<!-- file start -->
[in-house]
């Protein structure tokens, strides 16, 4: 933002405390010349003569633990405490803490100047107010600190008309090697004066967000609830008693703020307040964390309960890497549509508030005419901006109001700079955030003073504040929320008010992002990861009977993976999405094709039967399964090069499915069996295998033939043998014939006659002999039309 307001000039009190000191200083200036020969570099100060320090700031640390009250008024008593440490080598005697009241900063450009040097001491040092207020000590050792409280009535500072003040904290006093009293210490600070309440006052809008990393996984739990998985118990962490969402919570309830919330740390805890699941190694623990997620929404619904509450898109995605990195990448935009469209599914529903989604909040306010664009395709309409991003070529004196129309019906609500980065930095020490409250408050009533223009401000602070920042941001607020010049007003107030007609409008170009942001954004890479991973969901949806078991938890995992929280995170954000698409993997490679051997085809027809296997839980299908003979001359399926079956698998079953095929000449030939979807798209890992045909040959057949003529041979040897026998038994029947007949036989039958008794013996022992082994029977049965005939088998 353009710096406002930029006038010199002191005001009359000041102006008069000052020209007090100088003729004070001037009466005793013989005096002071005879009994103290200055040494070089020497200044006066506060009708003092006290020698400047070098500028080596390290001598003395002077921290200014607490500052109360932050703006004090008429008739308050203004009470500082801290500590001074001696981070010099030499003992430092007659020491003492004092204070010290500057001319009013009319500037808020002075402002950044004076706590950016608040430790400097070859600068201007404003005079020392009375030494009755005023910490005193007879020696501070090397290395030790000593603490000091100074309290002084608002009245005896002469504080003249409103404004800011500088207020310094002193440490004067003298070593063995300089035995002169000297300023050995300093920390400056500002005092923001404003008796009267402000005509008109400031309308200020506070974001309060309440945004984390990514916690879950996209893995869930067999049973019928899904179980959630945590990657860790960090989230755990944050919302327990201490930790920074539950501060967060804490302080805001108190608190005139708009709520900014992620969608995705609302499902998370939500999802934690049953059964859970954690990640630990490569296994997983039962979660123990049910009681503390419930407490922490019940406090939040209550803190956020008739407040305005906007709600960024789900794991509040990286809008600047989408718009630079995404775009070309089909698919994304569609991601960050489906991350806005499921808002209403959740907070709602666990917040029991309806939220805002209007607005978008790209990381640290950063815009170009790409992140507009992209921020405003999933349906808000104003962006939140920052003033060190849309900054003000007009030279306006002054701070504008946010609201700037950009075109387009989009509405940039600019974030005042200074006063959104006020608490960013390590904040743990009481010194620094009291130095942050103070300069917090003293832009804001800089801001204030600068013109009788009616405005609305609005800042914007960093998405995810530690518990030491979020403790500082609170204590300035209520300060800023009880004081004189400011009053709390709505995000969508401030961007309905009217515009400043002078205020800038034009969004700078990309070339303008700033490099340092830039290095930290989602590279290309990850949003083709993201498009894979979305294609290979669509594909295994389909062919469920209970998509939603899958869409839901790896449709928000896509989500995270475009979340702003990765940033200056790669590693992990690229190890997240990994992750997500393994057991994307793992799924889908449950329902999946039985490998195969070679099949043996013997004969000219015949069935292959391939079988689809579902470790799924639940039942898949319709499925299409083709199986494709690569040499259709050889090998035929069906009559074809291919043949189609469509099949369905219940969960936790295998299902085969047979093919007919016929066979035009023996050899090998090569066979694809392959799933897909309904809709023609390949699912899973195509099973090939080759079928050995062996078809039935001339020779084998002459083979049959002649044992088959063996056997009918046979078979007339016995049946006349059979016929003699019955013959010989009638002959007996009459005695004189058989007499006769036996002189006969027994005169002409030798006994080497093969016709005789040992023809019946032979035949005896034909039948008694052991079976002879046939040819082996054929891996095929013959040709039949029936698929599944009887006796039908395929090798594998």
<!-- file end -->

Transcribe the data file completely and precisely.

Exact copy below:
[in-house]
């Protein structure tokens, strides 16, 4: 933002405390010349003569633990405490803490100047107010600190008309090697004066967000609830008693703020307040964390309960890497549509508030005419901006109001700079955030003073504040929320008010992002990861009977993976999405094709039967399964090069499915069996295998033939043998014939006659002999039309 307001000039009190000191200083200036020969570099100060320090700031640390009250008024008593440490080598005697009241900063450009040097001491040092207020000590050792409280009535500072003040904290006093009293210490600070309440006052809008990393996984739990998985118990962490969402919570309830919330740390805890699941190694623990997620929404619904509450898109995605990195990448935009469209599914529903989604909040306010664009395709309409991003070529004196129309019906609500980065930095020490409250408050009533223009401000602070920042941001607020010049007003107030007609409008170009942001954004890479991973969901949806078991938890995992929280995170954000698409993997490679051997085809027809296997839980299908003979001359399926079956698998079953095929000449030939979807798209890992045909040959057949003529041979040897026998038994029947007949036989039958008794013996022992082994029977049965005939088998 353009710096406002930029006038010199002191005001009359000041102006008069000052020209007090100088003729004070001037009466005793013989005096002071005879009994103290200055040494070089020497200044006066506060009708003092006290020698400047070098500028080596390290001598003395002077921290200014607490500052109360932050703006004090008429008739308050203004009470500082801290500590001074001696981070010099030499003992430092007659020491003492004092204070010290500057001319009013009319500037808020002075402002950044004076706590950016608040430790400097070859600068201007404003005079020392009375030494009755005023910490005193007879020696501070090397290395030790000593603490000091100074309290002084608002009245005896002469504080003249409103404004800011500088207020310094002193440490004067003298070593063995300089035995002169000297300023050995300093920390400056500002005092923001404003008796009267402000005509008109400031309308200020506070974001309060309440945004984390990514916690879950996209893995869930067999049973019928899904179980959630945590990657860790960090989230755990944050919302327990201490930790920074539950501060967060804490302080805001108190608190005139708009709520900014992620969608995705609302499902998370939500999802934690049953059964859970954690990640630990490569296994997983039962979660123990049910009681503390419930407490922490019940406090939040209550803190956020008739407040305005906007709600960024789900794991509040990286809008600047989408718009630079995404775009070309089909698919994304569609991601960050489906991350806005499921808002209403959740907070709602666990917040029991309806939220805002209007607005978008790209990381640290950063815009170009790409992140507009992209921020405003999933349906808000104003962006939140920052003033060190849309900054003000007009030279306006002054701070504008946010609201700037950009075109387009989009509405940039600019974030005042200074006063959104006020608490960013390590904040743990009481010194620094009291130095942050103070300069917090003293832009804001800089801001204030600068013109009788009616405005609305609005800042914007960093998405995810530690518990030491979020403790500082609170204590300035209520300060800023009880004081004189400011009053709390709505995000969508401030961007309905009217515009400043002078205020800038034009969004700078990309070339303008700033490099340092830039290095930290989602590279290309990850949003083709993201498009894979979305294609290979669509594909295994389909062919469920209970998509939603899958869409839901790896449709928000896509989500995270475009979340702003990765940033200056790669590693992990690229190890997240990994992750997500393994057991994307793992799924889908449950329902999946039985490998195969070679099949043996013997004969000219015949069935292959391939079988689809579902470790799924639940039942898949319709499925299409083709199986494709690569040499259709050889090998035929069906009559074809291919043949189609469509099949369905219940969960936790295998299902085969047979093919007919016929066979035009023996050899090998090569066979694809392959799933897909309904809709023609390949699912899973195509099973090939080759079928050995062996078809039935001339020779084998002459083979049959002649044992088959063996056997009918046979078979007339016995049946006349059979016929003699019955013959010989009638002959007996009459005695004189058989007499006769036996002189006969027994005169002409030798006994080497093969016709005789040992023809019946032979035949005896034909039948008694052991079976002879046939040819082996054929891996095929013959040709039949029936698929599944009887006796039908395929090798594998």